Wednesday, January 24, 2007

swiss family hobos

Over the past few days, I have made a good faith attempt to tell anyone I talk to that there are homeless people living in trees. The conversation proceeds thusly:

"That's ridiculous. Who told you that?"

"A homeless person that lives in a tree."

I was in Palm Springs, of all places. I find that most people think of Palm Springs as a respectable resort town, and the prospect of the arboreal homeless is somewhat outlandish. But Palm Springs is a bit like Las Vegas, in that it's about 10% resort town, 20% normal/boring residential, and the other 70% is just shady people hanging around gas stations.

I was in Palm Springs on the way back from Joshua Tree National Park. I had never been to Joshua Tree. For those of you who have not experienced it, Joshua Tree is basically a few hundred of acres of desolate wasteland that the federal government roped-off and started charging people to hang out in. But somehow, I've fallen in love with it.

I spent about 14 hours hiking around, off-roading down old mining paths, and taking pictures. No, not with a scanner. With an actual camera. 3 actual cameras, um, actually.

Of course Claire was in attendance, she's my trusty Elan 7 (outfitted with a BP300). She likes to roll with a 100mm f/2.0 USM, a 50mm f/1.8, a 28-135 f/4 Macro, and of course, the Crowd Pleaser - the 15mm Fisheye. Then you have the new guys, as yet unnamed. A Bronica 645 on loan from one of my homies at the office, and a Mamiya RB67 Pro II TL. Imagine a camera the size of your dad's VHS camcorder - 18 pounds of medium format joy. Digital is for failures.

So after lugging around 40-someodd pounds of camera paraphenalia through the wilderness, I headed back to civilization. This required me to stop for fuel, in what was, unbeknownst to me, the inner city of Palm Springs.

This crazy homeless lady was hanging around the pumps. So of course, I do what most people do when approached by threatening and mentally unstable derelicts - I bought her some coffee and little chocolate donuts. Although, in hindsight, getting her hopped-up on sugar and java probaby wasn't the brightest course of action.

Anyway, in the middle of talking about her kids, telling me how she threw out her "old man" (many people would use this term to refer to a husband, but this chick was nuts, so it could have been her father, or maybe even an actual old man), and showing me her cat that acts like a dog (and by "showing me", I mean gesturing towards an area that was entirely cat-less), this crazy older man swaggers up to us.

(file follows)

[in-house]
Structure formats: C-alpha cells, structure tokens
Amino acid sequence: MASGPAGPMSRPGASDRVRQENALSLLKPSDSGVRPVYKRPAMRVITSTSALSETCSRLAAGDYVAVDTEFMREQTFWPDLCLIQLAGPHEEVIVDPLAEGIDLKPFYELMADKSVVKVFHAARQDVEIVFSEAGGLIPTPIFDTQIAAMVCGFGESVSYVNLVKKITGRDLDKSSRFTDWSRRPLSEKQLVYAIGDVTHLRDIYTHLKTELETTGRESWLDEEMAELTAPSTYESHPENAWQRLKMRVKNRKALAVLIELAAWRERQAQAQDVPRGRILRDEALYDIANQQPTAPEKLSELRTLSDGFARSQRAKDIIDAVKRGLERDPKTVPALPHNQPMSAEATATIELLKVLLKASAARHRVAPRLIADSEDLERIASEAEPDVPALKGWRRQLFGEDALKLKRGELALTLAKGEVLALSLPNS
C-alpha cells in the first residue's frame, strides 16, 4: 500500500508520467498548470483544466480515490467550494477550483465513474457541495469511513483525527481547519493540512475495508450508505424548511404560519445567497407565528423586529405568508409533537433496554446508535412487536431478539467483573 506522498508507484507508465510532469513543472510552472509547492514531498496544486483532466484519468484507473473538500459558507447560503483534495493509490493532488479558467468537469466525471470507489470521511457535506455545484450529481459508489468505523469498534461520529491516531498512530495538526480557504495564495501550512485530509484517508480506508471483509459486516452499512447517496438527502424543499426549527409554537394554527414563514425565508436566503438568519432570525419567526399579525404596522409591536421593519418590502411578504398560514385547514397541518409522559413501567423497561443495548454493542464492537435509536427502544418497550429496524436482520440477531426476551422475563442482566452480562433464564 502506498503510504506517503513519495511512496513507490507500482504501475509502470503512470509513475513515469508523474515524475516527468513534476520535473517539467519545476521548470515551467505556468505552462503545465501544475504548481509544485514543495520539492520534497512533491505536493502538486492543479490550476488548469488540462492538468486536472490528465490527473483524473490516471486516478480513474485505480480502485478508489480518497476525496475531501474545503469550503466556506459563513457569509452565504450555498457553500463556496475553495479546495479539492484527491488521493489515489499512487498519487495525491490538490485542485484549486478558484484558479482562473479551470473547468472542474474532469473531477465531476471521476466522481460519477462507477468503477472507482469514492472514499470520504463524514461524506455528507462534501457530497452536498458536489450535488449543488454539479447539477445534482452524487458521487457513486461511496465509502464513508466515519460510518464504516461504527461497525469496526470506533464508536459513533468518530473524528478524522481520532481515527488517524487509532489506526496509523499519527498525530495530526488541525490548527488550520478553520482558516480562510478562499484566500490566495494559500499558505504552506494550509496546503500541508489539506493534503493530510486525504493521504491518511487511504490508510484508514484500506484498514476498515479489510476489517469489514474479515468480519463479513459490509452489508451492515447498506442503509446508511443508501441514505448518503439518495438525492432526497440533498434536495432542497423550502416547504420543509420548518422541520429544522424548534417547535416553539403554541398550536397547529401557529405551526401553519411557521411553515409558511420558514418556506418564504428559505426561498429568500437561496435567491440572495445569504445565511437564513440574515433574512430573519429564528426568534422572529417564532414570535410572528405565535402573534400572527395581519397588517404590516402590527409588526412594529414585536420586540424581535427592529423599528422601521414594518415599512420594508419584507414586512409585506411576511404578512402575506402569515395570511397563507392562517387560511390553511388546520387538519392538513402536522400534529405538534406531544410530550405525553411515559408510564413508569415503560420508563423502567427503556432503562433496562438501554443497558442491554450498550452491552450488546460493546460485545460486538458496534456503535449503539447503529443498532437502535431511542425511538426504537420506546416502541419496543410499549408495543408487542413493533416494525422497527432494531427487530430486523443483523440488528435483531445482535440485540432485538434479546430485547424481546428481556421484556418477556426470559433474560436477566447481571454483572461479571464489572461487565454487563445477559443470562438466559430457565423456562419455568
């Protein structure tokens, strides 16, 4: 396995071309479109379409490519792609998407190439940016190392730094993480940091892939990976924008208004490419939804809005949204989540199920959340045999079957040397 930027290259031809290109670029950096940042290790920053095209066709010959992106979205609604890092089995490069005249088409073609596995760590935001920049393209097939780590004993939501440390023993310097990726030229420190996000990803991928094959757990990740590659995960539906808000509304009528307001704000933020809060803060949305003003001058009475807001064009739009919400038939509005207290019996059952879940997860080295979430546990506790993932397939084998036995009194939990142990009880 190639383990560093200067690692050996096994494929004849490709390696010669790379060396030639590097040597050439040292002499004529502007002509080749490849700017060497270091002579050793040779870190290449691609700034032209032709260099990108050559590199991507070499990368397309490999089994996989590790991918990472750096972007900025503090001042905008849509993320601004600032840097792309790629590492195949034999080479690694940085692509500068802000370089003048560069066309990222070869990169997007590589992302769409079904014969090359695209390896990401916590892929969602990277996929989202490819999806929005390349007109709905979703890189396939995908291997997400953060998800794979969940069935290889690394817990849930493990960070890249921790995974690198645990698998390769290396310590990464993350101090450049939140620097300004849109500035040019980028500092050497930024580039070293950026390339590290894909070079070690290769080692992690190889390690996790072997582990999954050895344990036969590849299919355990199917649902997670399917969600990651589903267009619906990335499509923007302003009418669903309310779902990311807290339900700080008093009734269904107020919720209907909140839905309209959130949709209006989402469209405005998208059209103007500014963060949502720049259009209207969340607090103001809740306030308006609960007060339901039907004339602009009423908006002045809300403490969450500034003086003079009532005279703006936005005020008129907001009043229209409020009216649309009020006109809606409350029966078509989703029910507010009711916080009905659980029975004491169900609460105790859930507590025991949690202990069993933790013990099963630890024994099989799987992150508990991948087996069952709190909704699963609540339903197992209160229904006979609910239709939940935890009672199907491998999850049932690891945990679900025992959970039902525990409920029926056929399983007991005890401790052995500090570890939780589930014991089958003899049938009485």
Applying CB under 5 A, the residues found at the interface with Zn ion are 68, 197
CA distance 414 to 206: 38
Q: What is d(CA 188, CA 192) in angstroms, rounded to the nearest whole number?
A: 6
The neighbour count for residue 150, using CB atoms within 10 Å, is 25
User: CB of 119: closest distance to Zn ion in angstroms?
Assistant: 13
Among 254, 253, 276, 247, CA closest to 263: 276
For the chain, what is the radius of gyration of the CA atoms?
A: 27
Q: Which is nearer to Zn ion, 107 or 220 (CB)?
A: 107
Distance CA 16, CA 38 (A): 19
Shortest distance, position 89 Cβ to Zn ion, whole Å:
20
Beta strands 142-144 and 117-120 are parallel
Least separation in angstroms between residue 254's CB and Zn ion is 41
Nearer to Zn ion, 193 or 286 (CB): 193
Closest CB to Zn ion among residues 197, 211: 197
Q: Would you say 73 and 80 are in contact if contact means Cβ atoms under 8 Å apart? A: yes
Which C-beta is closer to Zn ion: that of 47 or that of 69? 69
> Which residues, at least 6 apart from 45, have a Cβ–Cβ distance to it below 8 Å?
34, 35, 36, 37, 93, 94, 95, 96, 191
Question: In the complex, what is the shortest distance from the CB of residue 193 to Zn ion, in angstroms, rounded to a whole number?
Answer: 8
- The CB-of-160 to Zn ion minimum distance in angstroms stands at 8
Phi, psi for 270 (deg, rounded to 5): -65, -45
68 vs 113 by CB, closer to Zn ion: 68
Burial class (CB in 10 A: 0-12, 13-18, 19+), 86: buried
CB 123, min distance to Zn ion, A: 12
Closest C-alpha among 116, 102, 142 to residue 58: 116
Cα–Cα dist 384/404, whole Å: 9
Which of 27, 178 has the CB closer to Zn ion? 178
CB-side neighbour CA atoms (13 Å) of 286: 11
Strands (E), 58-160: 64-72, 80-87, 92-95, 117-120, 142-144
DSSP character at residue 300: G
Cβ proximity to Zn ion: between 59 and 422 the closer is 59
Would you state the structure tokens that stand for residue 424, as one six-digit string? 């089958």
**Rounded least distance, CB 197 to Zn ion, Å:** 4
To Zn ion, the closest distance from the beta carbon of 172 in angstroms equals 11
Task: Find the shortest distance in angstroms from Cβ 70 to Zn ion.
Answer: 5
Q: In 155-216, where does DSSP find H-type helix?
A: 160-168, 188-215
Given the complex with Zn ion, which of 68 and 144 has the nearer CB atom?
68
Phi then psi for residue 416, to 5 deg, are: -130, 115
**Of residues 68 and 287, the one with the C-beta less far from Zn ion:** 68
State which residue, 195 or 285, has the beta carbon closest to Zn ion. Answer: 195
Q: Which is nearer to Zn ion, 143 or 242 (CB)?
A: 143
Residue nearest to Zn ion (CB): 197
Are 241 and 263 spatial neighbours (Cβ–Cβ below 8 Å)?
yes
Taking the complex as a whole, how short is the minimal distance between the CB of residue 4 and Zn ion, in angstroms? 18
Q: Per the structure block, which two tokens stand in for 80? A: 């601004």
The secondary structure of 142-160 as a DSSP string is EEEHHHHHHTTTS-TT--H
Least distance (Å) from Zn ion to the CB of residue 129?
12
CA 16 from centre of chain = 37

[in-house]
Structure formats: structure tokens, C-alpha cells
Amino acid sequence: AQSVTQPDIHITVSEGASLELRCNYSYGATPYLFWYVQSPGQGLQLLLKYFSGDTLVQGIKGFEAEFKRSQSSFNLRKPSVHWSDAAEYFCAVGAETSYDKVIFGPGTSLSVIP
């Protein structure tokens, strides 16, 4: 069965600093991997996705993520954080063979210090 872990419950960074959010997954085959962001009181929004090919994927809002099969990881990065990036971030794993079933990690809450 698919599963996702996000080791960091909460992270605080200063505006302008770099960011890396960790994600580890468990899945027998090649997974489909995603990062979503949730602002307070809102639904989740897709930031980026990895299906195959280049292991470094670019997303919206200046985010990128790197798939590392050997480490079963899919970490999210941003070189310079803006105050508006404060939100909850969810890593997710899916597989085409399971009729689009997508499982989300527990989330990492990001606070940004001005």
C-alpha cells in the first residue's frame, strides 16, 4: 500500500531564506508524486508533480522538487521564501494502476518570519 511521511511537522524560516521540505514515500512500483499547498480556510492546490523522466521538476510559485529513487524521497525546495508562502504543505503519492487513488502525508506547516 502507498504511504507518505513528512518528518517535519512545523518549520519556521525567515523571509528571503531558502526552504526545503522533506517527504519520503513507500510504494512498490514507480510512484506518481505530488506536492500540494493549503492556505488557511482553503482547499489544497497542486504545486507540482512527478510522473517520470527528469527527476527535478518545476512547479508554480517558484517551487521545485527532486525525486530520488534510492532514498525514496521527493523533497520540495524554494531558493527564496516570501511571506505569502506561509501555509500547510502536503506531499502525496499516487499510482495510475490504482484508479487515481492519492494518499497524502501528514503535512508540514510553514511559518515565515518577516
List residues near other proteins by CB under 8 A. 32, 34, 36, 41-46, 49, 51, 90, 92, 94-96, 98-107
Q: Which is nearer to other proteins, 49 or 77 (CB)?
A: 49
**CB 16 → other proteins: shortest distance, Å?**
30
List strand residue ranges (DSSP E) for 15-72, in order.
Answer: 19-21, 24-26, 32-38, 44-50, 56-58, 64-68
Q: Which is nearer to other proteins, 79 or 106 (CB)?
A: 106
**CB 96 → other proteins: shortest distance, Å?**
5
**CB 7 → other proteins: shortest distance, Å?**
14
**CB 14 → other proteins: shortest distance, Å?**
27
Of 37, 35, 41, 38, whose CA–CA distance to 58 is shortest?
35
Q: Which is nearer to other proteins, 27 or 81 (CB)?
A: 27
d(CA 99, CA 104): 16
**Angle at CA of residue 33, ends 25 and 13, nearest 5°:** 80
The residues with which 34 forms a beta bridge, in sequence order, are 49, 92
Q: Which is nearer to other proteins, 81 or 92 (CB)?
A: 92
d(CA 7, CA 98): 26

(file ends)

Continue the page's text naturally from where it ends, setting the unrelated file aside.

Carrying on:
After a friendly greeting to the lady, he addresses me:

"Hey, I see you got the leather one. That's a nice one. They're all made of kevlar now, ya know? It's just not the same, doesn't hold anything. Like the Chinese poet Loa Tzu once said - the eyes are the windows to the soul, ya know? So that's real cool."

Yeah... I'm holding a cup of coffee. No leather involved. And he swaggers off again, back behind the gas station.

"Good ol' Dale. He'll take care of you."

"I imagine so. Where's he going?"

"Who, Dale? Back to his tree, I guess."

"His... tree?"

"Yeah, he's got himself a good one now, been around awhile Dale has."

"You mean he like, lives in a tree?"

"No dummy, he doesn't live in a tree. More like, under it. Yep, there's a whole city of us over there. Anytime you're on the interstate and you see a big clump of trees, probably some of us livin' there."

"Oh... The city lets you do this?"

"Well hell no! But what are they gonna do - put us up at the Hilton? Although sometimes the damn sheriff comes around and burns them all down."

"What do you do then?"

"Not real bright, are you? We just go find some more trees. They can't burn 'em all down."

It was truly an enlightening experience. When I go back to Joshua Tree on Saturday, I'll be sure to stop off and holla at my girl. I know how she likes her chocolate donuts. And in case you were wondering, the pictures suck. Medium format photography is hard. There will be no contests associated with these pictures, or as I like to call them - coasters.